the only other experience i have with such rapid starting is when pitching onto a washed off Notty yeast cake i split in half and it had 100 mm + in same time frame on a 1.068 OG Stout which i'm having a sneaky early taste of right now and bloody jebuss it's good !

 

 

P.S. Take that BRY-97 ....you'll never get back into my brew room you laggy , stalling bugger and to top it off you have a stupid name [img']tongue[/img]

 

*disclaimer * I've not yet used liquid yeast to compare lag times nor have i made a BRY-97 starter since i would rather hit myself in the face with a hammer , Morgans "american ale " 15 g sachets are the only yeast i loath more than thee ( 4 horrible brews which i mostly used to clean drains )

 

What's with the Morgans American Ale?

My LHBS threw a pack in with my recent purchase of Coopers Brew A IPA when I asked for some ale yeast; I already had some US 05 starter I'd previously made so I used that instead & I just popped it in the fridge.

I was going to use the American Ale yeast for a future brew, as 15g is a decent quantity.

If the quantity is to make up for lack of quality, I'll probably throw it out, especially as the LHBS didn't charge me for it.

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Or use it in a hop boil as a sort of nutrient for the yeast in the main batch. I have some old dry yeast packets in the fridge that I keep forgetting to do this with on brew days. Better than simply throwing it out anyway.

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Well yeah, that's what I'd probably do, as I've done that before with good results.

Just curious what the story is with American Ale yeast though?

I've not heard anything bad about it before so I'd like to hear if anyone else has had problems with it before I write it off.

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I'd use it on a cheap brew first. Something that's not going to break the bank if it fails.

 

A simple kit & kilo would be the go for me first time around with a yeast I was unsure about.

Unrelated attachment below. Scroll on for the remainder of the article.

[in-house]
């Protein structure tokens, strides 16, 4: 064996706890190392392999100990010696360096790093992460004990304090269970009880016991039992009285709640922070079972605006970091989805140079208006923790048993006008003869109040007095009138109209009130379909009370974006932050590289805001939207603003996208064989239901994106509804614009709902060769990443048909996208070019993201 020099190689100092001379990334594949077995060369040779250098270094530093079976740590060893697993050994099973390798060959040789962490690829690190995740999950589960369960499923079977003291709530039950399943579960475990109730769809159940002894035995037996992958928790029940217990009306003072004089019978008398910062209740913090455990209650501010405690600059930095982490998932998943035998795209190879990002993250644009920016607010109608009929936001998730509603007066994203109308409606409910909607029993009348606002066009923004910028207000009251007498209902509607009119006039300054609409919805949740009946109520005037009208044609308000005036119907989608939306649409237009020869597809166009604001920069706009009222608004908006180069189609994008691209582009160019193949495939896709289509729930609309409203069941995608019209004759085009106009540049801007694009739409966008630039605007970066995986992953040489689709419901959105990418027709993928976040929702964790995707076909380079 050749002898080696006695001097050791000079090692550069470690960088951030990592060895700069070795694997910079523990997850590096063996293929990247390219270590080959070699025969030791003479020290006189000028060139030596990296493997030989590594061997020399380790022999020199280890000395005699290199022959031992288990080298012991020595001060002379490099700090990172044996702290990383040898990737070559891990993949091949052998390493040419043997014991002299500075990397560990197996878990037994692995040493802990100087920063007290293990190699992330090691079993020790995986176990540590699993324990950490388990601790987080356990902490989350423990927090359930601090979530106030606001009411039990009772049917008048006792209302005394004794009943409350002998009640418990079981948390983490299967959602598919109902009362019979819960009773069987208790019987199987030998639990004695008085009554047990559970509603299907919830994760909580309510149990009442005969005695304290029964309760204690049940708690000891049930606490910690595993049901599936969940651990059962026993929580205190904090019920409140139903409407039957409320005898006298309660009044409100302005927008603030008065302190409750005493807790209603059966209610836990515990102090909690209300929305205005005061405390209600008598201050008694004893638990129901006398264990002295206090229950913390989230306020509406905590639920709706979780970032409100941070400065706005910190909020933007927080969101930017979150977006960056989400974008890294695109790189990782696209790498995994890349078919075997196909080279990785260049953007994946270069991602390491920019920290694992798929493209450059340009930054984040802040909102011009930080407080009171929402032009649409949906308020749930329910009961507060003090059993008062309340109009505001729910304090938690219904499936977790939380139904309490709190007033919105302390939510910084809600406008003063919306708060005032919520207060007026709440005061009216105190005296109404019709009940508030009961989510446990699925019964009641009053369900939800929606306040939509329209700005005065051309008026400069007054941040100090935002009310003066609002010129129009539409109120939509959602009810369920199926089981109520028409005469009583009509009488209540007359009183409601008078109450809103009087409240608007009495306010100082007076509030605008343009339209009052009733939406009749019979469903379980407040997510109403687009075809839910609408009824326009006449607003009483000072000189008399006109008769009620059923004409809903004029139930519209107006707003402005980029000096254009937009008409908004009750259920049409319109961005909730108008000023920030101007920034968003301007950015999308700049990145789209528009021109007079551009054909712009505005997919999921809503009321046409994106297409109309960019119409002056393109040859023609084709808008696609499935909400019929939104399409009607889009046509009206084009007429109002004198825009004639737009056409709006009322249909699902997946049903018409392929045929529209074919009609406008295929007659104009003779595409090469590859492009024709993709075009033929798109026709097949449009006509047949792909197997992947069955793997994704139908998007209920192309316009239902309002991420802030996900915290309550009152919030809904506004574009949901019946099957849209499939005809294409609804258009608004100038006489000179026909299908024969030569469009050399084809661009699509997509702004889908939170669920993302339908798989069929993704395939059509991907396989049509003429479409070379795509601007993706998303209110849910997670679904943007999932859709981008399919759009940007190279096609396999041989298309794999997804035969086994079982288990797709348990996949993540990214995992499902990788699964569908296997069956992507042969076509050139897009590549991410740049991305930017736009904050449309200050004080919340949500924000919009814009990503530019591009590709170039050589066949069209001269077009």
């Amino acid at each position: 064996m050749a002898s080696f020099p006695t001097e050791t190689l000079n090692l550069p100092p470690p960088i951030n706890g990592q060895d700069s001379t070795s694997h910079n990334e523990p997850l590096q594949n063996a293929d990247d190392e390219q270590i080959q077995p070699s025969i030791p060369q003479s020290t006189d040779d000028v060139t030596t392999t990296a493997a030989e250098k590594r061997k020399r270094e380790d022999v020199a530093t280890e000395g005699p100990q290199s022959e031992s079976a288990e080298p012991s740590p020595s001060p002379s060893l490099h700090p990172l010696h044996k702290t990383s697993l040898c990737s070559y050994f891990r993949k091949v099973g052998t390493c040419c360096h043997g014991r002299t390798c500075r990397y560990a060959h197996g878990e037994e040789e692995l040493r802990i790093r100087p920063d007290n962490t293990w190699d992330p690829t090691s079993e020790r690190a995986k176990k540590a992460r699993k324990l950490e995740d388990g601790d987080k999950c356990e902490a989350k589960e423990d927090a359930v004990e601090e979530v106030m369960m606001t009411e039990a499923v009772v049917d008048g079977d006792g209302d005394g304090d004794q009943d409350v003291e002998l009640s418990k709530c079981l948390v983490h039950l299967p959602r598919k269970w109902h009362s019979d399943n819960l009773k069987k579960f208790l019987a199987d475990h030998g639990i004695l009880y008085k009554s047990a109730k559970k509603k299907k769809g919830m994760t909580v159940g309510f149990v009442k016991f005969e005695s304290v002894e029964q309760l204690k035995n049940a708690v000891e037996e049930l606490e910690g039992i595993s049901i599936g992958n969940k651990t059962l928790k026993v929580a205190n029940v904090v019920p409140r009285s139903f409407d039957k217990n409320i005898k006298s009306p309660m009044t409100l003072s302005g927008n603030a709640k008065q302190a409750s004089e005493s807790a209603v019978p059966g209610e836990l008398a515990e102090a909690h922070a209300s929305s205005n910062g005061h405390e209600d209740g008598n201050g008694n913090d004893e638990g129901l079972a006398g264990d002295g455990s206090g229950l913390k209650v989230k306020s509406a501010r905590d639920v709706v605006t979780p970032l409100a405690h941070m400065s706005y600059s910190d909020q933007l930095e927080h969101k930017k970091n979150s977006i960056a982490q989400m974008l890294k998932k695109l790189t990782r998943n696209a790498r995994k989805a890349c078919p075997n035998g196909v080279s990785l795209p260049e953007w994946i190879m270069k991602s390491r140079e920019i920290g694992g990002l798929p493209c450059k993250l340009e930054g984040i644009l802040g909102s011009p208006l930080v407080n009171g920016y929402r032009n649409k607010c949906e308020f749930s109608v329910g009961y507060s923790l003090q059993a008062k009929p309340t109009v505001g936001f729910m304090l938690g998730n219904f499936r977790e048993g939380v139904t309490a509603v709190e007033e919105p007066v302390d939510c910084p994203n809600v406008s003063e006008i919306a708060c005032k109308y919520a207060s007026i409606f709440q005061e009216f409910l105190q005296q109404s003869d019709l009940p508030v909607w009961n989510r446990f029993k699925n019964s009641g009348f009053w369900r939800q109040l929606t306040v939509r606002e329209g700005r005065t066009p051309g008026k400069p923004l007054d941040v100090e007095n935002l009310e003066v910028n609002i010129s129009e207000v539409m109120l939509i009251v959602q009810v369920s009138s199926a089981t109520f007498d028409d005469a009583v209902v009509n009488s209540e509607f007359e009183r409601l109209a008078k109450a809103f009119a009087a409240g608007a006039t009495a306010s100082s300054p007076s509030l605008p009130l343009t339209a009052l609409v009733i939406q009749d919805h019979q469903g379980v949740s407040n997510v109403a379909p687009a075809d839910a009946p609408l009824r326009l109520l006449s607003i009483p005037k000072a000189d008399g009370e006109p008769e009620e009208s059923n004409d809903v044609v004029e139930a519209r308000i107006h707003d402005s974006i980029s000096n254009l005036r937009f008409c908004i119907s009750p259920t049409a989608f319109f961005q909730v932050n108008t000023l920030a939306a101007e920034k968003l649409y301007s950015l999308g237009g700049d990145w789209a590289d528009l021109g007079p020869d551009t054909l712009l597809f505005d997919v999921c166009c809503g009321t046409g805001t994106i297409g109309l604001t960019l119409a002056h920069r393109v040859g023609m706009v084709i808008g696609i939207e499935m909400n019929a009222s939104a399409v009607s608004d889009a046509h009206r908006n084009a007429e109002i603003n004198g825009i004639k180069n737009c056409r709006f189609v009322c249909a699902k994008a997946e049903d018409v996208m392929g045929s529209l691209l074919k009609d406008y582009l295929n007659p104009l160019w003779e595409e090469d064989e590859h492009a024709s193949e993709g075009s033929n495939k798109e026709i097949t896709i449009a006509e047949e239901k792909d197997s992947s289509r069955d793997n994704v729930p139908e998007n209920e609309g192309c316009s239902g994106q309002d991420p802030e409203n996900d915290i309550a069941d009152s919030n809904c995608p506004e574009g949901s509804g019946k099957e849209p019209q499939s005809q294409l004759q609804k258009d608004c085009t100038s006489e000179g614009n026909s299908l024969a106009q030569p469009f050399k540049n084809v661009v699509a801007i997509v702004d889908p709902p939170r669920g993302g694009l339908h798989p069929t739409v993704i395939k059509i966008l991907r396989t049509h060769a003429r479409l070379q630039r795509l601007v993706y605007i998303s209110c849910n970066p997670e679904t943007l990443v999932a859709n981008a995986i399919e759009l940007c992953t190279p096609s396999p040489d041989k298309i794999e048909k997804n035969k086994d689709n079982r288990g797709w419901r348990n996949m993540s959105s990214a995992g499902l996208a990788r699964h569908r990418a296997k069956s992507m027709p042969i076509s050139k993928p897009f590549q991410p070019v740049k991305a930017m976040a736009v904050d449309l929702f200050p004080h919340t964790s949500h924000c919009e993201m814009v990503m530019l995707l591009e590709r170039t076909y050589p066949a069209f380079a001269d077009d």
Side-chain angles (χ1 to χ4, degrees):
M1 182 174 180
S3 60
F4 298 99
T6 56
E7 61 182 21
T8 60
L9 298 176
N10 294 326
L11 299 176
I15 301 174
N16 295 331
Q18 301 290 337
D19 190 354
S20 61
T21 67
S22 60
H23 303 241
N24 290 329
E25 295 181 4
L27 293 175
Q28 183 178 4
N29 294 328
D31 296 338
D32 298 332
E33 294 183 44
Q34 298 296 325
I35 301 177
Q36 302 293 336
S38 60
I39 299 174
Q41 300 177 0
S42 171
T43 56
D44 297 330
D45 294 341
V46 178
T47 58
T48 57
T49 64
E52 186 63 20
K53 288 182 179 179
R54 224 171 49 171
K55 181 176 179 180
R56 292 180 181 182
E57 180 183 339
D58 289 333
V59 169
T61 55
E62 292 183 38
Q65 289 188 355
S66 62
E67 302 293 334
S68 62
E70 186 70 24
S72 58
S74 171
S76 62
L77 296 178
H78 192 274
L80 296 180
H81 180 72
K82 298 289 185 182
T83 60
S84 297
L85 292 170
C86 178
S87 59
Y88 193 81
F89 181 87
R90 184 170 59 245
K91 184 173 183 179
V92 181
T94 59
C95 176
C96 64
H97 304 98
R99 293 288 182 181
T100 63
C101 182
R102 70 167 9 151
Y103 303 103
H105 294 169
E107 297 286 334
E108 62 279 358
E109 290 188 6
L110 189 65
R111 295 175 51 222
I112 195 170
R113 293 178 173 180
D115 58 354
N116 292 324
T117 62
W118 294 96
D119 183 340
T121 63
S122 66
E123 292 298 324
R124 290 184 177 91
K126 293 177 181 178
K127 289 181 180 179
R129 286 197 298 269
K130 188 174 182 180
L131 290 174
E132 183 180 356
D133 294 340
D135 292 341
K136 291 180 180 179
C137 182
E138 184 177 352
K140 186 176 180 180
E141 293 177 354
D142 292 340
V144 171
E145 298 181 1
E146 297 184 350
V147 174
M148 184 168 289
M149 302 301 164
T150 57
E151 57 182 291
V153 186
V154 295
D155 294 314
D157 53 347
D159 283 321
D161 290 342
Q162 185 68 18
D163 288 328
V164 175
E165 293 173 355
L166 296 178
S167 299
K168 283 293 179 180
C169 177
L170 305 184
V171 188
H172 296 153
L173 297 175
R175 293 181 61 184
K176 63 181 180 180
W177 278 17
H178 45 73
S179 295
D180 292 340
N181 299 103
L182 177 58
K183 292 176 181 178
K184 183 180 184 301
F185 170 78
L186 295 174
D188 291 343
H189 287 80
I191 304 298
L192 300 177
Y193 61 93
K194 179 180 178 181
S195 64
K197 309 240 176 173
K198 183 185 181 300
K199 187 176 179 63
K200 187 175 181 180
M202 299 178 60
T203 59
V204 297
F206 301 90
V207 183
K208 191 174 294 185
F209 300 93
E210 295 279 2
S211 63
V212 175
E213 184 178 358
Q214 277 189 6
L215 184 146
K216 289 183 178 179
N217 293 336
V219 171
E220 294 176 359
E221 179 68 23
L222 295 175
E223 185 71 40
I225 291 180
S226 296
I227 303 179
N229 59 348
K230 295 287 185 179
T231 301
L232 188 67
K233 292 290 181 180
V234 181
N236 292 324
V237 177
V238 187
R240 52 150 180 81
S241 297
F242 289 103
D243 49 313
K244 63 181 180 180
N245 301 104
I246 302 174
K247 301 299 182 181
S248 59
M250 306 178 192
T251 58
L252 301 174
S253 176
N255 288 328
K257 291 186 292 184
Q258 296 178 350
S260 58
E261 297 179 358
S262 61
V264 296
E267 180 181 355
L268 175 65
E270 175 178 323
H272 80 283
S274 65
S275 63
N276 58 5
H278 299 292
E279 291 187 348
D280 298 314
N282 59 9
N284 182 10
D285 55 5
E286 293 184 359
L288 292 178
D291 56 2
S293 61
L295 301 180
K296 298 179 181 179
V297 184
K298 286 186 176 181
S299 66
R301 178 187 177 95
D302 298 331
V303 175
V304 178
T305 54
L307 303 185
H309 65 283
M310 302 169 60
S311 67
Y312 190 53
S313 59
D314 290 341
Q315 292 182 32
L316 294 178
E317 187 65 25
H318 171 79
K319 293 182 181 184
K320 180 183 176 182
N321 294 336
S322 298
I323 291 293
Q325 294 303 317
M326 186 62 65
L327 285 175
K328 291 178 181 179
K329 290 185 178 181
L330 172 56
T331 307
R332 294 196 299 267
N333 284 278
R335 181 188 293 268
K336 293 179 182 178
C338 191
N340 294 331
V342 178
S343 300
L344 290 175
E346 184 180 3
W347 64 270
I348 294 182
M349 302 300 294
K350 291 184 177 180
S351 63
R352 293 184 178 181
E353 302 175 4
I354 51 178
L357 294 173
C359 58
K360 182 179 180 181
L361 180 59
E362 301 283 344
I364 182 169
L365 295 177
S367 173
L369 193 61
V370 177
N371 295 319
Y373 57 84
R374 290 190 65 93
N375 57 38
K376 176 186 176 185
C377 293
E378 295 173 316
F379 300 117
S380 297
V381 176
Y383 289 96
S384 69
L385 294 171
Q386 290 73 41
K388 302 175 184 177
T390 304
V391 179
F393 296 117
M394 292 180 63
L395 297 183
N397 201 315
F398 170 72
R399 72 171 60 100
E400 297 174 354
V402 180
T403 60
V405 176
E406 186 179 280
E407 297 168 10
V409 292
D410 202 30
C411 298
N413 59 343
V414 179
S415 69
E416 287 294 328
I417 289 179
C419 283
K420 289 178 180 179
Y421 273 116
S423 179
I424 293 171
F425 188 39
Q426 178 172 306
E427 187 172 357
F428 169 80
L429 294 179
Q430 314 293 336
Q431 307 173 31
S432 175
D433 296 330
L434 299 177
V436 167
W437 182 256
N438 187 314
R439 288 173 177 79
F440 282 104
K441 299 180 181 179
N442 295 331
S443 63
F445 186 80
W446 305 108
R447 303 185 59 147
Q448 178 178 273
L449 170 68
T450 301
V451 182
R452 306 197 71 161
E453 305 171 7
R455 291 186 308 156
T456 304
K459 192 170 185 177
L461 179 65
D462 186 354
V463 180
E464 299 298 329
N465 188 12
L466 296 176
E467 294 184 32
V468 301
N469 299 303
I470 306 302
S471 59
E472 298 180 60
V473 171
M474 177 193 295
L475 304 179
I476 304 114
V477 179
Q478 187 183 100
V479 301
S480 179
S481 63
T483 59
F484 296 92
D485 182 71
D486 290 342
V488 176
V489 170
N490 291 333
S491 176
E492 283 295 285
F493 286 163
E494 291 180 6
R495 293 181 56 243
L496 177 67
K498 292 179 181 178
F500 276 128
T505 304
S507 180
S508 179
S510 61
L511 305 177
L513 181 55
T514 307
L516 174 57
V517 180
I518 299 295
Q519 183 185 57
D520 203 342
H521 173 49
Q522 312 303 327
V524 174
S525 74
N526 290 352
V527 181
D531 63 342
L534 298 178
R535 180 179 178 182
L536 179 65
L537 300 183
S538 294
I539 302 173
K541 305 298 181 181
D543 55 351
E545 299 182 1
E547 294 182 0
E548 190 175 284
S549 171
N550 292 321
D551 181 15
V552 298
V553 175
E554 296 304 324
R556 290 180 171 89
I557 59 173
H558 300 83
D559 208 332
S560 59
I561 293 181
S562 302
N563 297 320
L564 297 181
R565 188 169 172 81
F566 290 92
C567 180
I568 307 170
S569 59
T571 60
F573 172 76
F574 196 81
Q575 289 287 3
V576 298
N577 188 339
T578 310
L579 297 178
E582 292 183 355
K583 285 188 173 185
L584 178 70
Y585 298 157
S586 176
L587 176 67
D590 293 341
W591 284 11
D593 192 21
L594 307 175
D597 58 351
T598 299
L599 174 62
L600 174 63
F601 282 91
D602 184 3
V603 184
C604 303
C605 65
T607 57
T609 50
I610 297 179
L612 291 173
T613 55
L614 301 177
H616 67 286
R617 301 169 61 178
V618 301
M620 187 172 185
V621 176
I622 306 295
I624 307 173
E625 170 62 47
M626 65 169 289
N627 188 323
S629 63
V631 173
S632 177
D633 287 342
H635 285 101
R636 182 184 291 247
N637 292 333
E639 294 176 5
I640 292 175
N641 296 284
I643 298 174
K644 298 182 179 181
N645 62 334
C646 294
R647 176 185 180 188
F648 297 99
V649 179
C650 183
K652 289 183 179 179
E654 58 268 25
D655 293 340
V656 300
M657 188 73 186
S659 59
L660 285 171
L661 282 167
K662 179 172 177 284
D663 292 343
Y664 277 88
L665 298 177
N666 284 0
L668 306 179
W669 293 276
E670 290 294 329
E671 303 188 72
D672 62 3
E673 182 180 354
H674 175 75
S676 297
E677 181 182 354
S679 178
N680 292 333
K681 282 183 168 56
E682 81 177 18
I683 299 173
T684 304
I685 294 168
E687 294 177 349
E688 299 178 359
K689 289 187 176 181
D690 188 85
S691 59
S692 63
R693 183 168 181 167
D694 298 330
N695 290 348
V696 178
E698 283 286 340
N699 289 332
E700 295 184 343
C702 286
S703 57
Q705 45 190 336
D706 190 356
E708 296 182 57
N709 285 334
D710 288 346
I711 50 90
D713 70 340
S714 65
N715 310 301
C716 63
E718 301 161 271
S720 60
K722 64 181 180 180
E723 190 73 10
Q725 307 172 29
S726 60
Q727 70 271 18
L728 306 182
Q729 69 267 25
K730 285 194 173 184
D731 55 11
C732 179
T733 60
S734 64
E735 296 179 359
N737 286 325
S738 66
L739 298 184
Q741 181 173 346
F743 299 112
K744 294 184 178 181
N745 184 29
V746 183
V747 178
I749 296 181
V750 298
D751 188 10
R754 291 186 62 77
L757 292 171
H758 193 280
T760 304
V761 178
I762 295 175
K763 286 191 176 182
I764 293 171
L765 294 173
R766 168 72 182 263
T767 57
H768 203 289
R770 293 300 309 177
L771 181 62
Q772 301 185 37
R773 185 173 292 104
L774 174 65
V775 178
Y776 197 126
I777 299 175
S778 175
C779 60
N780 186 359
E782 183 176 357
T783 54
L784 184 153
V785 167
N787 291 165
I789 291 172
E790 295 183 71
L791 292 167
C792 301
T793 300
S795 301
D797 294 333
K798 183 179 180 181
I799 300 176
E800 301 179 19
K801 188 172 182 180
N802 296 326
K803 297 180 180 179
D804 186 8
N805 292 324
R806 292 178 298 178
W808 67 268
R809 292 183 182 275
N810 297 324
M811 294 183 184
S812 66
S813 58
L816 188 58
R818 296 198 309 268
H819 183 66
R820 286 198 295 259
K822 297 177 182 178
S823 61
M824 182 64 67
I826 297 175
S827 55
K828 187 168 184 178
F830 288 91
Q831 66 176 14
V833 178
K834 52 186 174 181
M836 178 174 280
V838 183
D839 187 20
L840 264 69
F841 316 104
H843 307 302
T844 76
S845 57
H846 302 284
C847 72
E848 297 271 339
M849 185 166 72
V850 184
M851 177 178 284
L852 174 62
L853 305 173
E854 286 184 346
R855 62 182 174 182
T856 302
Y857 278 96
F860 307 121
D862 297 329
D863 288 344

Cheers,

 

Lusty.

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I brewed my then standard coopers APA can , 1 kg BE2 with .5 kg LDM and a small steep of grain + hops (citra ) in general terms a simple and generally reliable recipe for novice brewers which I had done several times with drinkable beer .

 

That particular LHBS is also a hydroponics supply store and the clerk told me it was US-05 so I treated it as such and fermented @18-19° and it was just bloody awful , astringent ,harsh and caused severe headaches so I blamed my methods ,nuked my FV in case of infection and tried again , same result even though my techniques were sound .

 

After getting further advice I was told it might be the old homebrew "twang " and brewing with extract would reduce this so I did an extract brew using coopers CCA yeast with great results , repeated with Morgans yeast and tipped it rather than bottle it .....picking a common theme here ?

The very last time I used it was for a TC bootmaker pale repitch after the supplied yeast failed to start after 72 hours so as a hail Mary I used it , it fermented and I had so other beer in house so choked it down .

 

Even BRY works better than this rubbish as when it does start it actually works

I'm happy to be proved wrong so if anyone has a positive experience with it then it's possible I just didn't treat it right

 

 

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Day 4

looks like both have hit FG of 1.011 exactly as predicted but have allowed temp to rise to 19 C to be certain , both still show almost identical krausen

 

The Notty brewed sample is much clearer , Coopers yeast has always stayed cloudy longer in my experience with it

taste wise both are still very yeasty not surprisingly and now that the sweetness has dropped off i can taste tannin/grain husk so my mash temp may have risen too high at mash out or the hotbreak is to blame so fingers crossed that fades out .

Low levels of Diacetyl ,more in the Coopers kit yeast but not a problem for this style .

Kinda surprised that both yeasts have behaved almost identically , same lag time ,same rate of ferment ,same SG /Attenuation and so far very similar tastes

 

now to mostly ignore it for a week before a dry hop

 

 

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Day 4

looks like both have hit FG of 1.011 exactly as predicted but have allowed temp to rise to 19 C to be certain ' date=' both still show almost identical krausen

 

The Notty brewed sample is much clearer , Coopers yeast has always stayed cloudy longer in my experience with it

taste wise both are still very yeasty not surprisingly and now that the sweetness has dropped off i can taste tannin/grain husk so my mash temp may have risen too high at mash out or the hotbreak is to blame so fingers crossed that fades out .

Low levels of Diacetyl ,more in the Coopers kit yeast but not a problem for this style .

Kinda surprised that both yeasts have behaved almost identically , same lag time ,same rate of ferment ,same SG /Attenuation and so far very similar tastes

 

now to mostly ignore it for a week before a dry hop

 

[/quote']

 

Thanks for the update Markoman. I will be very curious which one you and your tasting panel prefer. My money is on Coopers. I think Nottingham strips away flavour. YMMV.